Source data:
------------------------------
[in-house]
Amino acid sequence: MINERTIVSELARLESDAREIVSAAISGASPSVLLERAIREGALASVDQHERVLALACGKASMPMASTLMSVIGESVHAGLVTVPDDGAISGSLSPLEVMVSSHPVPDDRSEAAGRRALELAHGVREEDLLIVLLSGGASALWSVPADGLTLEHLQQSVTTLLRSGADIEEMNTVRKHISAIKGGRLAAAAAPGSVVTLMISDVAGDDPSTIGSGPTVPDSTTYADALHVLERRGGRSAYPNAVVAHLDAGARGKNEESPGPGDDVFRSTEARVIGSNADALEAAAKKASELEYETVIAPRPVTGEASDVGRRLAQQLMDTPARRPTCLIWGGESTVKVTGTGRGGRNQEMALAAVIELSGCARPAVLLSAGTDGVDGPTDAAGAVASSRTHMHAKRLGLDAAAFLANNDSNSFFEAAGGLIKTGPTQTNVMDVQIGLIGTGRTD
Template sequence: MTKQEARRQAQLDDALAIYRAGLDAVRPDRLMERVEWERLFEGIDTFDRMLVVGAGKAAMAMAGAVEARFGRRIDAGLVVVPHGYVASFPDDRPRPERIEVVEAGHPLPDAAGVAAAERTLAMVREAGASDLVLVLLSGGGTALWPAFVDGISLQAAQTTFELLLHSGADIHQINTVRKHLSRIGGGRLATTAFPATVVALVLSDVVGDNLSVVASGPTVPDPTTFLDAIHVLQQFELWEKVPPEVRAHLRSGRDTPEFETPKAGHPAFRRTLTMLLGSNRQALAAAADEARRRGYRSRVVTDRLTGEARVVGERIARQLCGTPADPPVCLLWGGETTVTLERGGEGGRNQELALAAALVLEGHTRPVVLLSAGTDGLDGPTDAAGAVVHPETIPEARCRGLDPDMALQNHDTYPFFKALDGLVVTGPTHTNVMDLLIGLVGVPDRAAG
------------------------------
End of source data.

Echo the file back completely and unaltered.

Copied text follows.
[in-house]
Amino acid sequence: MINERTIVSELARLESDAREIVSAAISGASPSVLLERAIREGALASVDQHERVLALACGKASMPMASTLMSVIGESVHAGLVTVPDDGAISGSLSPLEVMVSSHPVPDDRSEAAGRRALELAHGVREEDLLIVLLSGGASALWSVPADGLTLEHLQQSVTTLLRSGADIEEMNTVRKHISAIKGGRLAAAAAPGSVVTLMISDVAGDDPSTIGSGPTVPDSTTYADALHVLERRGGRSAYPNAVVAHLDAGARGKNEESPGPGDDVFRSTEARVIGSNADALEAAAKKASELEYETVIAPRPVTGEASDVGRRLAQQLMDTPARRPTCLIWGGESTVKVTGTGRGGRNQEMALAAVIELSGCARPAVLLSAGTDGVDGPTDAAGAVASSRTHMHAKRLGLDAAAFLANNDSNSFFEAAGGLIKTGPTQTNVMDVQIGLIGTGRTD
Template sequence: MTKQEARRQAQLDDALAIYRAGLDAVRPDRLMERVEWERLFEGIDTFDRMLVVGAGKAAMAMAGAVEARFGRRIDAGLVVVPHGYVASFPDDRPRPERIEVVEAGHPLPDAAGVAAAERTLAMVREAGASDLVLVLLSGGGTALWPAFVDGISLQAAQTTFELLLHSGADIHQINTVRKHLSRIGGGRLATTAFPATVVALVLSDVVGDNLSVVASGPTVPDPTTFLDAIHVLQQFELWEKVPPEVRAHLRSGRDTPEFETPKAGHPAFRRTLTMLLGSNRQALAAAADEARRRGYRSRVVTDRLTGEARVVGERIARQLCGTPADPPVCLLWGGETTVTLERGGEGGRNQELALAAALVLEGHTRPVVLLSAGTDGLDGPTDAAGAVVHPETIPEARCRGLDPDMALQNHDTYPFFKALDGLVVTGPTHTNVMDLLIGLVGVPDRAAG